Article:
U.S. jury orders Takeda to pay Bayer $155 million over haemophilia drug

U.S. jury orders Takeda to pay Bayer $155 million over haemophilia drug
@ Copyright :
Kim Kyung Hoon(Reuters)
Text size Aa Aa

By Jonathan Stempel

(Reuters) - A U.S. jury has ordered Takeda Pharmaceutical Co's Baxalta unit to pay Bayer AG $155.19 million (£119.91 million) for infringing a patent related to a Baxalta haemophilia treatment, court records made public on Tuesday show.

Jurors in the federal court in Wilmington, Delaware, reached their verdict on the seventh day of a trial, after rejecting Baxalta's argument that the June 2016 patent on the treatment, Adynovate, was invalid.

Bayer said the infringement arose from Baxalta's exclusive licence agreement with Nektar Therapeutics, a San Francisco-based company that had done research with Bayer and knew about the patent, including through litigation in Germany.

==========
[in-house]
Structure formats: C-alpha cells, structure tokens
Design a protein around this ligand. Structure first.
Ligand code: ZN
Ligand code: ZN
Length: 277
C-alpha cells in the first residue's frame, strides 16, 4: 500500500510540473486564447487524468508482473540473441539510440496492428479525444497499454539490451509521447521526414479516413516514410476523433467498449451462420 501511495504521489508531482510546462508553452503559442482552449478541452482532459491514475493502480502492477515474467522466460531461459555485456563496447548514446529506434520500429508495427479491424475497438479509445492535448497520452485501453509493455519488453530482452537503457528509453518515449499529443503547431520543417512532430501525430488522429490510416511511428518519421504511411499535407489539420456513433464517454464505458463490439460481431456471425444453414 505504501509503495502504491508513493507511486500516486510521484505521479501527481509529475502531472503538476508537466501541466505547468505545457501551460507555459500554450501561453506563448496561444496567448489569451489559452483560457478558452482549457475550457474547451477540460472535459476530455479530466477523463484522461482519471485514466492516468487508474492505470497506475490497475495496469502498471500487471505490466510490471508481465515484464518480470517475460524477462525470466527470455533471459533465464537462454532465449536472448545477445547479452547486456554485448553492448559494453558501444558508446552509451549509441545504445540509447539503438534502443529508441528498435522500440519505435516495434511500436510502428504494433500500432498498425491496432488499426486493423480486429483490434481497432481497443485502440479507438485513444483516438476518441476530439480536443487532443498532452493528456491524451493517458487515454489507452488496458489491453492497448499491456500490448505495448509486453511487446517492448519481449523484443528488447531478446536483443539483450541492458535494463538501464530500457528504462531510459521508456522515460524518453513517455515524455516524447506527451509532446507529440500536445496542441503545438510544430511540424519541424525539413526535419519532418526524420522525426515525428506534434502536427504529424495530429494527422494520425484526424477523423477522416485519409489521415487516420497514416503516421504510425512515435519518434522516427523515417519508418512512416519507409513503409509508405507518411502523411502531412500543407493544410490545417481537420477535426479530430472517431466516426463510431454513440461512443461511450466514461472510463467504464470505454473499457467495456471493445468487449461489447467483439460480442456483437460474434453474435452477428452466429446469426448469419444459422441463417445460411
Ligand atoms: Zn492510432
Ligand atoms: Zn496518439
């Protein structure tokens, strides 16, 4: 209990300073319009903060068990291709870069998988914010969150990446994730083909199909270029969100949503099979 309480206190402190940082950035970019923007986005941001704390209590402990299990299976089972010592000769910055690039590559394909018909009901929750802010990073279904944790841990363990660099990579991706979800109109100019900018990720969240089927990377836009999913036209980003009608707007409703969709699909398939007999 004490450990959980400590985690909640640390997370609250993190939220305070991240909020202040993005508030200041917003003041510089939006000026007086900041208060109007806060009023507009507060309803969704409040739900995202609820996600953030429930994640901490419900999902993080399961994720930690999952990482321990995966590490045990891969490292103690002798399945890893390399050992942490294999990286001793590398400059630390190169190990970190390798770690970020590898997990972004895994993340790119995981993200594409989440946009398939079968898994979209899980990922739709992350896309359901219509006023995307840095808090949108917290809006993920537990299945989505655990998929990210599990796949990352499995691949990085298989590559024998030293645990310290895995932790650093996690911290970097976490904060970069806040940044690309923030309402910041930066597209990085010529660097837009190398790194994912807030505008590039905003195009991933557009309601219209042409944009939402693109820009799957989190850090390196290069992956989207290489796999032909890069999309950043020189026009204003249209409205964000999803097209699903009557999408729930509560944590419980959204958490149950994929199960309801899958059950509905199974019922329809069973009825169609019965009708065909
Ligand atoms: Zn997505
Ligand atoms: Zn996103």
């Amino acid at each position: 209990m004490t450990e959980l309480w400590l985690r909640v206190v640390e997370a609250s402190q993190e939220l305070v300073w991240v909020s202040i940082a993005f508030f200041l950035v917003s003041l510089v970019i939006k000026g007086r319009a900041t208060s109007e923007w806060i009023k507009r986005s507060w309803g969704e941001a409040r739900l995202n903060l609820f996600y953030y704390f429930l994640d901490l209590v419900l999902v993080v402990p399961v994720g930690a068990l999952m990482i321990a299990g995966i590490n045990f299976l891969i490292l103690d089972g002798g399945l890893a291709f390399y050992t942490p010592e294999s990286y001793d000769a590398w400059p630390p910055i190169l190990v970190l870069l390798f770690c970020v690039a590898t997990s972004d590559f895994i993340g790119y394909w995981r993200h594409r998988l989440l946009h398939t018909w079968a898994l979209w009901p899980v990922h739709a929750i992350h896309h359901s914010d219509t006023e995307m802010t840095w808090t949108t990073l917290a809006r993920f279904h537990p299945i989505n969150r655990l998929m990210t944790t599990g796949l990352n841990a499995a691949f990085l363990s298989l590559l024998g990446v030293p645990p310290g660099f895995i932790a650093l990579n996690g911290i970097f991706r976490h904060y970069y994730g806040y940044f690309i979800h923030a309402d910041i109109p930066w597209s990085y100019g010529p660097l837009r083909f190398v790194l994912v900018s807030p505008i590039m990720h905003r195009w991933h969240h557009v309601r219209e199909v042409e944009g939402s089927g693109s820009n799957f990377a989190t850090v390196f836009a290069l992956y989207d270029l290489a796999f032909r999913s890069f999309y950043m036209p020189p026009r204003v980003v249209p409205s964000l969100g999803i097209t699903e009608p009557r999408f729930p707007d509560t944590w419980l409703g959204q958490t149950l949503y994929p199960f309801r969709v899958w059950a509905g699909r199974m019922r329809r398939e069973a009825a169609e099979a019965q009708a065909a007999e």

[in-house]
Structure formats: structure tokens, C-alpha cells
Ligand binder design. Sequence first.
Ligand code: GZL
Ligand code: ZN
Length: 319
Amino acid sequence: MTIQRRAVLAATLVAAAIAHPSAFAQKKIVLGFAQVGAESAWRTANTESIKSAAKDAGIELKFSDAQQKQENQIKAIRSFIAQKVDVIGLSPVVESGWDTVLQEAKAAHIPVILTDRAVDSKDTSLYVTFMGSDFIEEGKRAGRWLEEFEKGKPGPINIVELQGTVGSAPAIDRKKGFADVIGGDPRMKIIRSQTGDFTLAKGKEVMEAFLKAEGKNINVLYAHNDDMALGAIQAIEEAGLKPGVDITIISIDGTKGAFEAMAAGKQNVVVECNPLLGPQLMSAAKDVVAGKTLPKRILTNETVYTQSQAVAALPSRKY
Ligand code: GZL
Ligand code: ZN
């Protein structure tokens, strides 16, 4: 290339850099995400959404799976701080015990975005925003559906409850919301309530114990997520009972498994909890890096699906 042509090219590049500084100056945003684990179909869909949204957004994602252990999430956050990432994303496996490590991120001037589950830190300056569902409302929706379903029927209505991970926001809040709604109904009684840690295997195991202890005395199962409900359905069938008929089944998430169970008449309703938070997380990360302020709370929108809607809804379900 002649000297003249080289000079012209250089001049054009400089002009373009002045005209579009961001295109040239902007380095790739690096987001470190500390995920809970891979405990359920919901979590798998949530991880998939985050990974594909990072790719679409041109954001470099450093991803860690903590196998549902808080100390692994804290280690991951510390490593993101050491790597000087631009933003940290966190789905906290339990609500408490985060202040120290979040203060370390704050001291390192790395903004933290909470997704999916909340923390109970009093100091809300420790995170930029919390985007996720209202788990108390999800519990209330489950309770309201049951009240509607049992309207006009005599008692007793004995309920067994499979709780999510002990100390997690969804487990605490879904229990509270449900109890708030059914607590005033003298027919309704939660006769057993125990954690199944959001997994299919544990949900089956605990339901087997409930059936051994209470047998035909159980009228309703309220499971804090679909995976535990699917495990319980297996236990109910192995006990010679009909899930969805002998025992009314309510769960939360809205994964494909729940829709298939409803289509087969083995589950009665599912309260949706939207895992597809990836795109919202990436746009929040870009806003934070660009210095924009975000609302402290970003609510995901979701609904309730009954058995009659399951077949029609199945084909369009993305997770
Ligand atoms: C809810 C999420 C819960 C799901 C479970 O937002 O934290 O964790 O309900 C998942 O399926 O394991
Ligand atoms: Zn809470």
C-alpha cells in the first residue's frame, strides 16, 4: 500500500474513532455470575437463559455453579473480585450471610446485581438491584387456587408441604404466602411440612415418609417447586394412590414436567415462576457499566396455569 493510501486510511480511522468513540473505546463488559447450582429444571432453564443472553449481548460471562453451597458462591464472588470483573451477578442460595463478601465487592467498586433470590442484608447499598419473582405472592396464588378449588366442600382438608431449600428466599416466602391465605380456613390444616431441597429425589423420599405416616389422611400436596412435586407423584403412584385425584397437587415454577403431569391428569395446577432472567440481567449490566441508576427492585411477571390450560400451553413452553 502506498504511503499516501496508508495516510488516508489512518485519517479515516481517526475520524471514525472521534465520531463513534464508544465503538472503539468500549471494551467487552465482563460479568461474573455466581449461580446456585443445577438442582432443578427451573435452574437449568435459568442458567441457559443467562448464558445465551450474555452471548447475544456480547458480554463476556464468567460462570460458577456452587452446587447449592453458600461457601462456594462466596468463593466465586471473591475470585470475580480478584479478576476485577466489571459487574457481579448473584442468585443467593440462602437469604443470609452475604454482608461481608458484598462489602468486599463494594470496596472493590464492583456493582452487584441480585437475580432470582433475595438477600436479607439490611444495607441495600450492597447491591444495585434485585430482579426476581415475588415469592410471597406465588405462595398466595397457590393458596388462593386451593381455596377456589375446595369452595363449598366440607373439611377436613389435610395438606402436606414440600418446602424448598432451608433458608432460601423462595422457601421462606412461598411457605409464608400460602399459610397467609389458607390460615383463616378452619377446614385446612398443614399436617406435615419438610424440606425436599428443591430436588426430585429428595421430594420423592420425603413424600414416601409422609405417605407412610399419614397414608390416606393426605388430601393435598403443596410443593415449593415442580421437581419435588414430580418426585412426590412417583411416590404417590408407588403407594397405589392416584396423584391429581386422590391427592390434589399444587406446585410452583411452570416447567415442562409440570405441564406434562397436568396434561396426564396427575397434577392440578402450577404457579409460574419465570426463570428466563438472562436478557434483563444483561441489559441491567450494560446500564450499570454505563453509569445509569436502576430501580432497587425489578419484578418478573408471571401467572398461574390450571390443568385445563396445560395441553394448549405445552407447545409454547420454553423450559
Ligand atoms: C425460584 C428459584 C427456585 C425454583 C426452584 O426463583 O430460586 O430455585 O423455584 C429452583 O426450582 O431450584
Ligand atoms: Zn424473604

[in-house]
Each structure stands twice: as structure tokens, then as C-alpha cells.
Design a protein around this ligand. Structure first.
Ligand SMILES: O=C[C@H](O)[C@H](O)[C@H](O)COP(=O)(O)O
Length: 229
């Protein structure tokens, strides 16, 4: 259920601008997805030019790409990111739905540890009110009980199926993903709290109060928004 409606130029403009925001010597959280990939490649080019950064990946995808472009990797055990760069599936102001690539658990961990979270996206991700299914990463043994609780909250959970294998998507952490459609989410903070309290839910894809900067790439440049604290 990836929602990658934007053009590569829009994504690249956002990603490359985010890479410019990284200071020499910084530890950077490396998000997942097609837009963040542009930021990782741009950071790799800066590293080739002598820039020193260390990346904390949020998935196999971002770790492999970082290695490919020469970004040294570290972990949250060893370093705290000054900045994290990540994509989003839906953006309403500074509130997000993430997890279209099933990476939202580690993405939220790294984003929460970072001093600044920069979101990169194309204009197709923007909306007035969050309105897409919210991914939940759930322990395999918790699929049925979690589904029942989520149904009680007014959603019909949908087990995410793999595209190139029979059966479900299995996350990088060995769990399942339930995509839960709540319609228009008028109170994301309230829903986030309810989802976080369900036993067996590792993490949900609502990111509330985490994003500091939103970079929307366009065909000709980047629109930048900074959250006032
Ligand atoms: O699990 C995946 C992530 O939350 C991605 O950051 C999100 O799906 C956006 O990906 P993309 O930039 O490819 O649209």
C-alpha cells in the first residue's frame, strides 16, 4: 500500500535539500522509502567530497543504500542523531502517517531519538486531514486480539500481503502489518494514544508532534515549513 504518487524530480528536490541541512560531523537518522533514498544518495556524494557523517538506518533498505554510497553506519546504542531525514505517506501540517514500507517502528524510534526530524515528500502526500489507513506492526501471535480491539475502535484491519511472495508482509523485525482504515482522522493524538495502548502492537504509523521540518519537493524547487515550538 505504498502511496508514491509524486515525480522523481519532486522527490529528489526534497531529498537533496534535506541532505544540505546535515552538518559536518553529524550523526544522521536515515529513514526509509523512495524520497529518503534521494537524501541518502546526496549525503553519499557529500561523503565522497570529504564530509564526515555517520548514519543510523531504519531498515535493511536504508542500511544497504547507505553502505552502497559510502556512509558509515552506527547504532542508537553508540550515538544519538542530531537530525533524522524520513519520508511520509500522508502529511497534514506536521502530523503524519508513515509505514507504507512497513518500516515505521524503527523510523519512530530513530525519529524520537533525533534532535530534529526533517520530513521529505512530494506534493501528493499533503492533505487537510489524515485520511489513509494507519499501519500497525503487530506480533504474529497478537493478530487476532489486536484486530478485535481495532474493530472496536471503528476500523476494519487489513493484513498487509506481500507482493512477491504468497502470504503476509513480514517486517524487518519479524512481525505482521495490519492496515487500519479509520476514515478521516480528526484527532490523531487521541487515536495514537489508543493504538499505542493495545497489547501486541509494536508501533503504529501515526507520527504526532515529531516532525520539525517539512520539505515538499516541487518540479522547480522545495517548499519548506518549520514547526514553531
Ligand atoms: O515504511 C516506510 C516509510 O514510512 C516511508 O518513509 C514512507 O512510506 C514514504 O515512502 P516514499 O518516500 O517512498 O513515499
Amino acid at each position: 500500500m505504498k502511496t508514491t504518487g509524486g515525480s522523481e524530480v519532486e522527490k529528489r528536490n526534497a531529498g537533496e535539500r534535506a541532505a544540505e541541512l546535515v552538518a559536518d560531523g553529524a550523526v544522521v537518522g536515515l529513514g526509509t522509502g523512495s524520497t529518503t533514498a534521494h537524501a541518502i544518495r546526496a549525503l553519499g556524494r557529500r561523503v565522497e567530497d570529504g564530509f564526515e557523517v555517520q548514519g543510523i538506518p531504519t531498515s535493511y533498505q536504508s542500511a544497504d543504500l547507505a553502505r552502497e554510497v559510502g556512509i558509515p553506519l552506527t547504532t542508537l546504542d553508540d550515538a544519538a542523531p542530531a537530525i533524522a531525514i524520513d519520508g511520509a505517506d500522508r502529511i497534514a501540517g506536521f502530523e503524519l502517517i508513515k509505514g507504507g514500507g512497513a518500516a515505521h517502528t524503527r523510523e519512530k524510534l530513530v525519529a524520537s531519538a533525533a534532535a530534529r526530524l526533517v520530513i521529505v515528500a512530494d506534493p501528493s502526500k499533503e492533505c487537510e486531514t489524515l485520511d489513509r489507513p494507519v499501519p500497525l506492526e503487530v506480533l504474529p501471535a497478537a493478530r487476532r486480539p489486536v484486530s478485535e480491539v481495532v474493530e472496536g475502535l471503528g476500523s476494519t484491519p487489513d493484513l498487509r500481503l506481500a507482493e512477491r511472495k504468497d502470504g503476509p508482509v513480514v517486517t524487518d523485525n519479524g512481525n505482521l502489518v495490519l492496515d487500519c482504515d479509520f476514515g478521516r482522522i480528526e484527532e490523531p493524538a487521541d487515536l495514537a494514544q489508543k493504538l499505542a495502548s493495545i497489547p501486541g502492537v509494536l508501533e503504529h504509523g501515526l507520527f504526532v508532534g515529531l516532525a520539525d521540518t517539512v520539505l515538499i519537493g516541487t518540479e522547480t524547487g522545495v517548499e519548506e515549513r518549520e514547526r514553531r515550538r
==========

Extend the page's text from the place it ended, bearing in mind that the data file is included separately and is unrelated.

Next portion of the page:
The award covered the period from June 14, 2016 to Nov. 30, 2018. Jurors applied a royalty rate of 17.78 percent to a royalty base of $872.84 million to arrive at the damages award.

Bayer is based in Leverkusen, Germany, with U.S. offices in Whippany, New Jersey.

Baxalta was based in Illinois before Shire Plc acquired the company in 2016. Takeda completed an acquisition of Shire for roughly $59 billion last month.

Takeda did not immediately respond to requests for comment.

Bayer said it was pleased with the verdict, "which confirms the strength of Bayer's innovation in haemophilia treatment."

Haemophilia is a mostly inherited disorder where blood fails to clot properly. It can result in prolonged bleeding after an injury.

Shire's sales of Adynovate and other haemophilia treatments totalled $2.23 billion in the nine months ending Sept. 30, 2018, including $1.15 billion in the United States.

The case is Bayer Healthcare LLC v Baxalta Inc et al, U.S. District Court, District of Delaware, No. 16-01122.

(Reporting by Jonathan Stempel in New York; editing by Bill Berkrot)

euronews provides breaking news articles from reuters as a service to its readers, but does not edit the articles it publishes. Articles appear on for a limited time.